Positive results from Newcastle office will pave the way for new regional model, chief exec says

Towergate Underwriting has revealed its business plan for the coming years, with a focus on consolidating its regional footprint.

In an exclusive interview with Insurance Times, chief executive Clive Nathan said he wanted to replicate the regional model set out by the Newcastle office, which opened in March.

Nathan confirmed that plans to establish a Lloyd’s box were shelved in favour of a focus on the regions, although he would take a “never say never” approach over the long term.

Nathan said the Newcastle office had produced its best set of results last week. “Brokers want to deal with people who understand them and their marketplace, and the nuances of the area they operate in.

“Having somebody in a Newcastle office who really understands haulage risks has gone down exceptionally well with brokers in the North East.”

He also revealed that Towergate Underwriting had increased rates marginally to 5.1% this year, compared with 4.8% this time last year.

He said Towergate Underwriting is “not huge” in the motor sector, where rates have increased rapidly. Greater involvement could have pushed up the result further. “There’s probably a little bit more support in the market,” he said. “We have been realistic in what we can carry on an individual case level. Where we can push a little bit more, we will, and where we can’t, we won’t.”

Last year, Towergate was around 10% off its retention targets that were set in 2008, having walked away from unprofitable business. This year, the company was on track. “You only need to walk away once. We’re not writing new stuff in those sectors around solvents or waste,” he said.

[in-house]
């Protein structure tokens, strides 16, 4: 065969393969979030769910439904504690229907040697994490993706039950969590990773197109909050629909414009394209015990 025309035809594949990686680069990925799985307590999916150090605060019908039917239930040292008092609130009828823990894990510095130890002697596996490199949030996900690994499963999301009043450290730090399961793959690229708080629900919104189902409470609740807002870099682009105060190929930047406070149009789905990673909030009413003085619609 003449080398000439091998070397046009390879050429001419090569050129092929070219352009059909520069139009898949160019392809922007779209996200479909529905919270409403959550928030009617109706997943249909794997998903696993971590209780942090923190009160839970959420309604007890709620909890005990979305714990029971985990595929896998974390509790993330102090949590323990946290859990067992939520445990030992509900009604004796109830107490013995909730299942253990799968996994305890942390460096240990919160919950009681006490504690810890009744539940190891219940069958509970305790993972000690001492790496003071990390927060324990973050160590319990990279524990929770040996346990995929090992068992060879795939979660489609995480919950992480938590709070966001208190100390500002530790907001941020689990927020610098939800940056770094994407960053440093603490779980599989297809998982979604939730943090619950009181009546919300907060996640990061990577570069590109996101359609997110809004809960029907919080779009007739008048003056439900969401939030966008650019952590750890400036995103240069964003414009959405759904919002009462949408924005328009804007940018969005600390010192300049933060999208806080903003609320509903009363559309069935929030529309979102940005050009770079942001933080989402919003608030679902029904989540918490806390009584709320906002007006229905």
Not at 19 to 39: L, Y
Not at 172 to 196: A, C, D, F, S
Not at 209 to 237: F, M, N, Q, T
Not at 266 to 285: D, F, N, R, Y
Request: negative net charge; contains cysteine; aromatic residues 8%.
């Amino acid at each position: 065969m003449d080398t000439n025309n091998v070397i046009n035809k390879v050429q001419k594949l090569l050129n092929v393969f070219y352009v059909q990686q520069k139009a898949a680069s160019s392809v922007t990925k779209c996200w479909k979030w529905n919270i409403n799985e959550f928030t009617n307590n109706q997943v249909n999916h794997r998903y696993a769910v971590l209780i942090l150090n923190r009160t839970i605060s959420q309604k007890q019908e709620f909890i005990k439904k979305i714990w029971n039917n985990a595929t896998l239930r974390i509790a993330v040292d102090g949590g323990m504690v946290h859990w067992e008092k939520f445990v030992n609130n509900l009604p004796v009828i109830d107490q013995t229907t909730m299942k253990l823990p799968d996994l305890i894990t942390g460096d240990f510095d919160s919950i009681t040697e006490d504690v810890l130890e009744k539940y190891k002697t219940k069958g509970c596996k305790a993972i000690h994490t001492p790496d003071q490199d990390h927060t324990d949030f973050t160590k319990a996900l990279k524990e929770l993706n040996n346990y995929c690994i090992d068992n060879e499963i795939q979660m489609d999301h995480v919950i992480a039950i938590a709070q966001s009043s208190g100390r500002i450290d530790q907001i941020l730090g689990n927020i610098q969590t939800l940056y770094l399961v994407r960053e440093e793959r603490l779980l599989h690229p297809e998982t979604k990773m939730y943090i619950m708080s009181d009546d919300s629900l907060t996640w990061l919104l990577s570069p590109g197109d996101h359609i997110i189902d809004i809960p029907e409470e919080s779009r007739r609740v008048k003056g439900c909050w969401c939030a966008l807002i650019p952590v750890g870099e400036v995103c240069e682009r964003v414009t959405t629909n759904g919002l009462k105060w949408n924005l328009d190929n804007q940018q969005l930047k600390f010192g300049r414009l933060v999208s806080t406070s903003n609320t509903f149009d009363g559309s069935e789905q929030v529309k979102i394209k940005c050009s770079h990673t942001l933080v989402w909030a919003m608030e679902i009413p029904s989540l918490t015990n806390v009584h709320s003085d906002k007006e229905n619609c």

Nathan added that the business has been strengthened by the doubling of its five-strong Maidstone-based pricing and actuarial team last year. The team has focused on improving rating accuracy, spotting emerging risks and identifying sector opportunities.

He said: “Professional let is our worst-performing area. We’ve had to do a lot of work on that. They’ve also identified a snag with oil-heated homes: while this is not a huge part of the market, the average claim is absolutely huge.”

In the wider group, Insurance Times understands that Towergate is keeping its options open for a bond refinancing. It has been encouraged by a glut of successful bond refinances at the end of last month.

In May, Towergate Finance offered a £665m bond issue, maturing in 2017 and 2018, but withdrew the offer because of adverse market conditions.